The pub­lic opin­ion on EU mem­ber­ship has clear­ly been affect­ed by the Ice­save dis­pute. Since ear­ly 2009, the major­i­ty of vot­ers have stat­ed their oppo­si­tion to mem­ber­ship in opin­ion polls – after a twelve-year peri­od where near­ly all polls indi­cat­ed a major­i­ty in favour of mem­ber­ship.99Bal­dur Thorhalls­son: The Scep­ti­cal Polit­i­cal Elite ver­sus the Pro-Euro­pean Pub­lic: The Case of Ice­land, in Scan­di­na­vian Stud­ies, 2002, 74 (3), p. 349–378; Opin­ion polls con­duct­ed by Capacent Gallup for The Fed­er­a­tion of Ice­landic Indus­tries, avail­able at: http://www.si.is/malaflokkar/althjodlegt-samstarf/evropumal/skodanakannanir/ (last access: 16 June 2010). The lat­est Capacent Ice­land opin­ion poll, con­duct­ed in July 2010, indi­cat­ed that 60 per­cent of vot­ers were against EU mem­ber­ship, 26 per­cent were for it and 15 per­cent did not state an opin­ion.1010Capacent Ice­land. Þjóðarpúls Gallup, July 2010. These are exact­ly the same find­ings as in Feb­ru­ary 2010. That said, in Feb­ru­ary, Capacent also asked vot­ers whether they were in favour of acces­sion nego­ti­a­tion with the EU. 64 per­cent of vot­ers were in favour of acces­sion nego­ti­a­tions, 28 per­cent against it and 7 per­cent did not state an opin­ion. Accord­ing­ly, a major­i­ty of vot­ers are still in favour of acces­sion nego­ti­a­tions with the EU.1111The Fed­er­a­tion of Ice­landic Indus­tries, opin­ion polls: devel­op­ment of atti­tudes, con­duct­ed in March 2010 by Capacent Gallup Ice­land, avail­able at: http://www.si.is/media/althjodlegt-samstarf/almenningur_2010-02.pdf (last access: 12 July 2010).

The Ice­landic anti-EU move­ment has gained momen­tum, set up camps in rur­al and coastal areas and dom­i­nat­ed the debate in the media and on the Inter­net. The cam­paign is strong­ly sup­port­ed by the fish­eries’ and farm­ers’ asso­ci­a­tions, which have tak­en a rigid stand against EU mem­ber­ship and been vocal in the media. The anti-EU cam­paign is at present cen­tred on three themes con­cern­ing EU mem­ber­ship. First, Ice­land would lose its inde­pen­dence and sov­er­eign­ty; sec­ond, Ice­land would lose con­trol over its most valu­able nation­al resource, fish­eries; and third, Iceland’s agri­cul­ture would be left dev­as­tat­ed.1212Web­site of the anti-EU move­ment, Heimssýn, avail­able at: http://heimssyn.is/ (last access: 16 June 2010).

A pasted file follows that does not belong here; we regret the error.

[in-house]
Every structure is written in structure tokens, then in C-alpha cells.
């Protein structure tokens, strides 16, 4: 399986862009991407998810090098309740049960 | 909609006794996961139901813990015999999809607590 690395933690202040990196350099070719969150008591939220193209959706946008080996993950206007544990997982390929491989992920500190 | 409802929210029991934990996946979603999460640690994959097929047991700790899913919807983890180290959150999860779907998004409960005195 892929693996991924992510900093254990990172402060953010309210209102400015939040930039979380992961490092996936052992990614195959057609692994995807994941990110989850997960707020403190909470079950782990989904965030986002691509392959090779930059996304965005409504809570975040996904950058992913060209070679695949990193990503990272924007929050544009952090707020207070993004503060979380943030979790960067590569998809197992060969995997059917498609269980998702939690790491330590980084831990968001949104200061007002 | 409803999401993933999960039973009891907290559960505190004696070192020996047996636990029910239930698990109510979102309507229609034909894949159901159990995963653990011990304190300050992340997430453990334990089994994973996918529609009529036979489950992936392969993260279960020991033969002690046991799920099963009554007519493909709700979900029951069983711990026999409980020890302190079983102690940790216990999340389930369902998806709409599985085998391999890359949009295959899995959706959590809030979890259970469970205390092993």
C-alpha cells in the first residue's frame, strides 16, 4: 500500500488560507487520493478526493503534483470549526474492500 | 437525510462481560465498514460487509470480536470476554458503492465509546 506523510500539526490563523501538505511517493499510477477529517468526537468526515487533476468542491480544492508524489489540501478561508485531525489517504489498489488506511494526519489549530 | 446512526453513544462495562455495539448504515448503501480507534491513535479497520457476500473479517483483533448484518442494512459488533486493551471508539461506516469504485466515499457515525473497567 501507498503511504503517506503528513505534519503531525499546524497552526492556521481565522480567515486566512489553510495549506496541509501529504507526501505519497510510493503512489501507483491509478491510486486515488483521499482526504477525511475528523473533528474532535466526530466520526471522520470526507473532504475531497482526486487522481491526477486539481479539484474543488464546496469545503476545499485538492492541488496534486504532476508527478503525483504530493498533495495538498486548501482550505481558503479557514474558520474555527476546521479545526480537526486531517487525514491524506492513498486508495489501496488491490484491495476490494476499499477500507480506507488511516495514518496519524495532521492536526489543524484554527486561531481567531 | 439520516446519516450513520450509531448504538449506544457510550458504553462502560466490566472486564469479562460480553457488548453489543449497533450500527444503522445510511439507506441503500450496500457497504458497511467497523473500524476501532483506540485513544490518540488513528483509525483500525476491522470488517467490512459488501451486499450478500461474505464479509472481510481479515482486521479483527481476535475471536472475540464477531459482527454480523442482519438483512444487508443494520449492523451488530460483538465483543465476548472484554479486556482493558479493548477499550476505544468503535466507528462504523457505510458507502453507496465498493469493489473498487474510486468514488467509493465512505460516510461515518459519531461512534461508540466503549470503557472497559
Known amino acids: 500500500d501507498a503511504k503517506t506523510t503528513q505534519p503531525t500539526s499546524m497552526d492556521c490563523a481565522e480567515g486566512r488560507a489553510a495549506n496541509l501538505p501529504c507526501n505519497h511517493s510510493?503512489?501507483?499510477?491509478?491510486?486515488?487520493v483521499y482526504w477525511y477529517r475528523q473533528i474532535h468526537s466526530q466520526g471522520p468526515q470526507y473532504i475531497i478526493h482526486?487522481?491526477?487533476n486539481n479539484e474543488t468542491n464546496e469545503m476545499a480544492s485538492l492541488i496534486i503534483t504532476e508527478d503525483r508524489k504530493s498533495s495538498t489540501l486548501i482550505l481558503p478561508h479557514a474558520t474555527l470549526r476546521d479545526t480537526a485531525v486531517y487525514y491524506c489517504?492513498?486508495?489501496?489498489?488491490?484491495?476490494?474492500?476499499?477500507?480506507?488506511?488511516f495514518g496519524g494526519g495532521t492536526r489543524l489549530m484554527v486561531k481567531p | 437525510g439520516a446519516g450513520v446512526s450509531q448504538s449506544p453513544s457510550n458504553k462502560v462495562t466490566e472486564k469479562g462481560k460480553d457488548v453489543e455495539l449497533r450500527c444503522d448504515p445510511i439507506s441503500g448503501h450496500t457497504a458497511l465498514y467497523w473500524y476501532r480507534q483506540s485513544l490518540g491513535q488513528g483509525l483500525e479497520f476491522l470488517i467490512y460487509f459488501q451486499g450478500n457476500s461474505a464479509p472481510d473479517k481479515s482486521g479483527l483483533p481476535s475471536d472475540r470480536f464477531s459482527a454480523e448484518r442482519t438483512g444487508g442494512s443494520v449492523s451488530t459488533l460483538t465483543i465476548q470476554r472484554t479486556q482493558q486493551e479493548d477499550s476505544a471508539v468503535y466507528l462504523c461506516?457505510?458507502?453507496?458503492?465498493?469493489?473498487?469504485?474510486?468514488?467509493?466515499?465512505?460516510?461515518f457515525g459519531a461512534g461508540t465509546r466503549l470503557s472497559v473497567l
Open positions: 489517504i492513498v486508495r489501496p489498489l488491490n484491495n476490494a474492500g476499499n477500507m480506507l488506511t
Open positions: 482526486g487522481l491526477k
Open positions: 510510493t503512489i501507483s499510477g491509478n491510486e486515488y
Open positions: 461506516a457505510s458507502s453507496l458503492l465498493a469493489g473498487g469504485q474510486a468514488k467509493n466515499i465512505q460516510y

The pro-Euro­pean move­ment has reor­gan­ised itself and set up an asso­ci­a­tion named Stronger Ice­land – A Nation among Nations (Sterkara Ísland – þjóð meðal þjóða). It draws on promi­nent fig­ures, main­ly from the greater Reyk­javik (cap­i­tal) area, the main employ­ers’ and employ­ees’ asso­ci­a­tions, and polit­i­cal par­ties – most­ly Con­ser­v­a­tives, Social Democ­rats and Pro­gres­sives.1313Web­site of the pro-EU move­ment, Sterkara Ísland, avail­able at: http://www.sterkaraisland.is/ (last access: 16 June 2010). It is also note­wor­thy that a pro-Euro­pean group, Inde­pen­dent Euro­peanists (Sjálf­stæðir Evró­pusin­nar), has been cre­at­ed with­in the Inde­pen­dence Par­ty, which draws on sup­port from its vice-chair­man and oth­er par­ty mem­bers. The Ice­landic Euro­pean Move­ment, estab­lished in 1995, is still in place and has pro­vid­ed back­up for the cre­ation of Stronger Ice­land.1414Web­site of the Ice­landic Euro­pean Move­ment, avail­able at: http://www.evropa.is/ (last access: 16 June 2010).